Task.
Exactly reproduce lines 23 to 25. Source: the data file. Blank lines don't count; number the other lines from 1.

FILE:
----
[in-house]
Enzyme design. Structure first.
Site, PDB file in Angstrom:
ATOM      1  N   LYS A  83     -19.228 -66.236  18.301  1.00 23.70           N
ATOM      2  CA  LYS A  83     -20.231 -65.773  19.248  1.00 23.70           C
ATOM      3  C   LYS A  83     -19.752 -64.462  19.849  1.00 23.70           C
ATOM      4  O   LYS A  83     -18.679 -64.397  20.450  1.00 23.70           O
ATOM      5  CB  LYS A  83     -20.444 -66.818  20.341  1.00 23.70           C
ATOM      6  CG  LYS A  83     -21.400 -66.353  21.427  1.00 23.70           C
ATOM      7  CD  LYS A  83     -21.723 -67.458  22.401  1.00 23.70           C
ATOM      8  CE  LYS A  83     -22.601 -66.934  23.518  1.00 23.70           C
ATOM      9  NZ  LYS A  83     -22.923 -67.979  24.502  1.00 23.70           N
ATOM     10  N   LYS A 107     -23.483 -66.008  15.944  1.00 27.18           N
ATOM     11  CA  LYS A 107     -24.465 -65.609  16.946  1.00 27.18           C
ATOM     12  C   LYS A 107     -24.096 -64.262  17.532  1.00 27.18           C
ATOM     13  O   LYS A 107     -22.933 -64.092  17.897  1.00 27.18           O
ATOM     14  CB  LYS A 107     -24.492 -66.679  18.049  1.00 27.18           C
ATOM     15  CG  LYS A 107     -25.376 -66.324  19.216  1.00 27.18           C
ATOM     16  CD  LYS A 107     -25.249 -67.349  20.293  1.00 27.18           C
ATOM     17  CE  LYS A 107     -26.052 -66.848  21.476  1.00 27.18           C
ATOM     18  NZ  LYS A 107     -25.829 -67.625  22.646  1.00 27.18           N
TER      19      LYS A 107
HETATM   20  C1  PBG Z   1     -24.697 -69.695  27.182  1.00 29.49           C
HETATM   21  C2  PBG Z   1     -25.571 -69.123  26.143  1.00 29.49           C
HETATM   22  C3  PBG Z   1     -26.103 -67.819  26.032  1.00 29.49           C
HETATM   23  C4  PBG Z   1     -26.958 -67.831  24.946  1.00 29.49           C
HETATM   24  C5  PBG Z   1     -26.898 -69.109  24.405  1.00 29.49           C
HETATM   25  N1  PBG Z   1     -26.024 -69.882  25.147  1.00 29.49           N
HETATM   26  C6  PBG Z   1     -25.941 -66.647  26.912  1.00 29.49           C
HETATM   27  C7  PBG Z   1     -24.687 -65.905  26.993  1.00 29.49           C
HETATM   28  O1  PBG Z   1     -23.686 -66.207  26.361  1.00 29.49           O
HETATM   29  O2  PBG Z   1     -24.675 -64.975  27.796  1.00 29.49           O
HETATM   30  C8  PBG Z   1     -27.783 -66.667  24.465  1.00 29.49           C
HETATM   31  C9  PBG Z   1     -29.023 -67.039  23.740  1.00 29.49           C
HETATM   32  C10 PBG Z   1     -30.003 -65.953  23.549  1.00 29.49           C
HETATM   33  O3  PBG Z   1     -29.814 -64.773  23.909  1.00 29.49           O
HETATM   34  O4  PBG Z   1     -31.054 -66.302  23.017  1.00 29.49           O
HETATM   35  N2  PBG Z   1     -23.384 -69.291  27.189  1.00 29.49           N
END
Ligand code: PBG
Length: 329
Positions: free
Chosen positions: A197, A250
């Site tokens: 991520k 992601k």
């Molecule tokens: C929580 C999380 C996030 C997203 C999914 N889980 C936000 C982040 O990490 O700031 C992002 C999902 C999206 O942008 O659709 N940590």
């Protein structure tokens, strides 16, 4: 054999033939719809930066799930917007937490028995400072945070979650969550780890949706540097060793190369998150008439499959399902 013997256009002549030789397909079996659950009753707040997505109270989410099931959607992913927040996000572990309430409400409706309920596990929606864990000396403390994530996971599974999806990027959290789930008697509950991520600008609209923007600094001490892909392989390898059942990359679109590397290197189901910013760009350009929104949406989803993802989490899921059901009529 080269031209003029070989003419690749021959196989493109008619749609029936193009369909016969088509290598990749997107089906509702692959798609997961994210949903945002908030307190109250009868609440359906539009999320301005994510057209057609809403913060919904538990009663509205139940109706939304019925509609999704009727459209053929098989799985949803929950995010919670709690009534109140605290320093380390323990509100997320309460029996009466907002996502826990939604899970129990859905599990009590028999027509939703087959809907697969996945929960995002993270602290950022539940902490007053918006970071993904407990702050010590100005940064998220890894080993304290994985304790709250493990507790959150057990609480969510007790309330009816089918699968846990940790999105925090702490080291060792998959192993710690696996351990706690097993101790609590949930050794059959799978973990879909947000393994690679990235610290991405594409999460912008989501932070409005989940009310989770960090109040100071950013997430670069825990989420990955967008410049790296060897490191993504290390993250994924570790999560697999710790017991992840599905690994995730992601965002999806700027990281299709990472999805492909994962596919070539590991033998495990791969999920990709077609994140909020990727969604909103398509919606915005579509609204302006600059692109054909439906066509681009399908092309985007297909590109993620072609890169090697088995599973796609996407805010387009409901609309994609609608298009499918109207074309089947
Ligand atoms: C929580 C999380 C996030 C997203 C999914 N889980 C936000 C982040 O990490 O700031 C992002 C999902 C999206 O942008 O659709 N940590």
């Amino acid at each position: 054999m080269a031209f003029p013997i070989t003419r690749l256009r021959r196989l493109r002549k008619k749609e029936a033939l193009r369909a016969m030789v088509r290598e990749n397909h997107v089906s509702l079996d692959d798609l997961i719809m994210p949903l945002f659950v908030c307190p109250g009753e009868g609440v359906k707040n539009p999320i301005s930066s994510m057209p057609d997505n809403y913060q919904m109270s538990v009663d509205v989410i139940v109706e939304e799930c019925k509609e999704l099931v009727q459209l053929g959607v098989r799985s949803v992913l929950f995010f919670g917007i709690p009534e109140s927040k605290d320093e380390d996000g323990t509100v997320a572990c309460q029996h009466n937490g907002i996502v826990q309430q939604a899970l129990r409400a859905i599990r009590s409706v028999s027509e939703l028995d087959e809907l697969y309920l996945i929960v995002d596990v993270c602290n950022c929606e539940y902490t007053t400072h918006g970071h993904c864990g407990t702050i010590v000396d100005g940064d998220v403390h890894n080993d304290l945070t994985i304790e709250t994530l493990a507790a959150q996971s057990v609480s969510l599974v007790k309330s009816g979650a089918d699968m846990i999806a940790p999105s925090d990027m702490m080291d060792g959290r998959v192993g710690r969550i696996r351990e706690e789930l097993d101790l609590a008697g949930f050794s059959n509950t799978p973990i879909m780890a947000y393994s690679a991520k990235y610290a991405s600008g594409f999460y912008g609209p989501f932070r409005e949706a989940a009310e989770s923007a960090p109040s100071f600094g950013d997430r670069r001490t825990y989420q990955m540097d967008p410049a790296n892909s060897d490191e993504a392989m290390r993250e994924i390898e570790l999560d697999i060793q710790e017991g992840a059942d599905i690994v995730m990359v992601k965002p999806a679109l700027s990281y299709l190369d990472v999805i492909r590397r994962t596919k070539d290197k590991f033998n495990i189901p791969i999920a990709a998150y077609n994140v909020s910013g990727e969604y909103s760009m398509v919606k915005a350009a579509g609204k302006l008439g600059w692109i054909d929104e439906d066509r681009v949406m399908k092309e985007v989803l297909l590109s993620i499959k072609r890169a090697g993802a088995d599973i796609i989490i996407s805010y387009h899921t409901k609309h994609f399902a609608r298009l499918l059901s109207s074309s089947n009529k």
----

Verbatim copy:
HETATM   20  C1  PBG Z   1     -24.697 -69.695  27.182  1.00 29.49           C
HETATM   21  C2  PBG Z   1     -25.571 -69.123  26.143  1.00 29.49           C
HETATM   22  C3  PBG Z   1     -26.103 -67.819  26.032  1.00 29.49           C